Bush's Legacy of Failure
That idiotic “what, me worry?” look just never leaves the man’s visage. Once again, there was our president, presiding over disasters in part of his making and totally on his watch, grinning with an aplomb that suggested a serious disconnect between his worldview and existing reality. Be it in his announcement that Iraq was being secured on a day when bombs ripped through that sad land or posed between his Treasury secretary and the Federal Reserve chairman to applaud the government’s bailout of a failed bank, George Bush was the only one inexplicably smiling.
Failure suits him. It is a stance he learned well while presiding over one failed Texas business deal after another, and it served him splendidly as he claimed the title of president of the United States after losing the popular, and maybe even the electoral, vote. It carried him through the most ignominious chapter of U.S. foreign policy, from the lies about Iraq’s weapons of mass destruction to an unprecedented presidential defense of torture.
The totally unwarranted assurance was there this week as the once proud dollar fell into the toilet and the debacle of Iraq and Bush’s other failed Mideast policies pushed oil prices to record highs. The Europeans, who didn’t support the U.S. imperial intervention, are doing much better, not having to pay for guarding besieged oil pipelines while U.S. taxpayers are saddled with trillions in future debt, not to mention 4,000 U.S. military deaths and 30,000 U.S. injuries in a war the administration had promised would be paid for with Iraqi oil revenues. Even in Baghdad last week, there wasn’t enough oil to keep the lights on for more than a few hours.
But the president is happy because his legacy issue, the war on terror, is intact. No matter that this week the Pentagon was forced to release a report conducted over the last five years that concluded, after surveying 600,000 official Iraqi documents captured by U.S. forces, that there is “no smoking gun” establishing any connection between Saddam Hussein and al-Qaida. The report was so embarrassing that we taxpayers, who paid for it, were not going to be told of its existence, even though the explosive conclusions were totally declassified, until ABC News forced its posting online.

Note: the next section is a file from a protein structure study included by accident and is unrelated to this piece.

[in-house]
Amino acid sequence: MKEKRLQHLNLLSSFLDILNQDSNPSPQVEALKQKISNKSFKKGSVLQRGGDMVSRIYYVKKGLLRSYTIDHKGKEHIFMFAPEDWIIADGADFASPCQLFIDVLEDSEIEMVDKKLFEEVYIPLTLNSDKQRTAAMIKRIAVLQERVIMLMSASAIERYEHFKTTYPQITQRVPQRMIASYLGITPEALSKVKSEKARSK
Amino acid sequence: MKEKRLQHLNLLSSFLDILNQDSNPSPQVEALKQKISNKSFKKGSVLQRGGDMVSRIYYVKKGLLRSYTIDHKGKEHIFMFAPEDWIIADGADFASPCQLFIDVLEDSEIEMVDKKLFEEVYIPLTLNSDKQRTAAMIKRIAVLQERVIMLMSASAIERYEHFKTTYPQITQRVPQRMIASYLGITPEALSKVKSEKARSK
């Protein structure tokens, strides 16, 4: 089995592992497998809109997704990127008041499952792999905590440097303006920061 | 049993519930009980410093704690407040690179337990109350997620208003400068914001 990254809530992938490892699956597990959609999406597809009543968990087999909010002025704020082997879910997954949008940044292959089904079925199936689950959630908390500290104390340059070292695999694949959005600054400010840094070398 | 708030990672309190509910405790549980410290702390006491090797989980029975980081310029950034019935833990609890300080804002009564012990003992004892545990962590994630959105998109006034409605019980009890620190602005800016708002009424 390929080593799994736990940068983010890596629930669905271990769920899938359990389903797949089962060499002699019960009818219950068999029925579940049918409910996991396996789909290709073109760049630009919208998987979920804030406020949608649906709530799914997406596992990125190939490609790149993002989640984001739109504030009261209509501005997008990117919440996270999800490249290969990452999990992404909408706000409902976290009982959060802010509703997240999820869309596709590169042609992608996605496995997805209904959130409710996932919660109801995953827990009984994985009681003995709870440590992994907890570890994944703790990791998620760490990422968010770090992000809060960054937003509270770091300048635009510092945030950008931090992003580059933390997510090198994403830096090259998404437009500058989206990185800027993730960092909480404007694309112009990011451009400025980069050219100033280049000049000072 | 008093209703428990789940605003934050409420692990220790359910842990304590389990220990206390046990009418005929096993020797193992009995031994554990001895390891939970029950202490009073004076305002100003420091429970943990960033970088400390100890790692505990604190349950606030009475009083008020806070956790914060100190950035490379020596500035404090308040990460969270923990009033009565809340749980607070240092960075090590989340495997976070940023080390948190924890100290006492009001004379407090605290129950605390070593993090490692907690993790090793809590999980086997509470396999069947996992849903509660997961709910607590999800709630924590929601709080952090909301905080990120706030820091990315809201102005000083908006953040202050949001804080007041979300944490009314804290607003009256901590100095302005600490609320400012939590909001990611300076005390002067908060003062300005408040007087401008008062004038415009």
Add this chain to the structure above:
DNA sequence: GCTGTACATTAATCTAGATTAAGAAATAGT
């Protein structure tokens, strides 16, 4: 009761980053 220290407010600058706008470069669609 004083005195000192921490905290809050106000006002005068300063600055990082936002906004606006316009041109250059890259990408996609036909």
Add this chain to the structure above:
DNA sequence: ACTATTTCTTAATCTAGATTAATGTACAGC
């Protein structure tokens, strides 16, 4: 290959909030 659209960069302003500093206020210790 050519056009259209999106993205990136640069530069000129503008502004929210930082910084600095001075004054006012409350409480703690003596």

The network reported that the Pentagon had canceled plans to issue a press release or make it available by e-mail or otherwise online because, as one Pentagon official put it, the study is “too politically sensitive.” Damned right it is — Bush squandered U.S. treasure and lives in an effort that had nothing to do with the infamous attack on America. As for the real war on terror against the real al-Qaida, those folks are very much on the rebound, just where they were before the 9/11 attack, building their bases in Afghanistan and Pakistan.
Meanwhile, back on the home front, Wall Street is crumbling, not because of planes crashing into buildings but because the outrageous knaves of finance, freed from the most minimal requirements of public accountability, have been permitted to destroy America’s reputation in the world for financial probity.
In the name of ending what were claimed to be onerous regulations imposed after the Great Depression, this administration accelerated a bipartisan pattern of allowing Wall Street to betray investors with impunity while abandoning the federal government’s obligation, once accepted equally by conservatives and liberals, to ensure our national solvency. This tendency, under way for decades to give the bankers what they wanted — codified in the Financial Services Modernization Act, which was signed into law by Bill Clinton and which permitted banks, stock brokers and insurance companies to merge — was exacerbated by Bush’s appointment of rapacious corporate foxes to watch the corporate henhouse.
They will take care of their own, which is why Bush was smiling, happily posed in that photo op between Henry Paulson Jr. and Ben Bernanke announcing the Bear Stearns bailout, made possible only by the federal government using your tax dollars to pick up the bad debt of the banks. Tape that picture to your wall to remind you, when you open a credit card bill with a 30 percent interest rate — not the 2 percent the Fed will charge banks — or see the increase in your adjustable rate mortgage, of just what your government will do for the really big guys that it will never do for regular folks.
In the years to come, as millions lose their retirement income and homes, we will have occasion to remember Georgie Porgie, who kissed the taxpayers and made them cry before he ran away.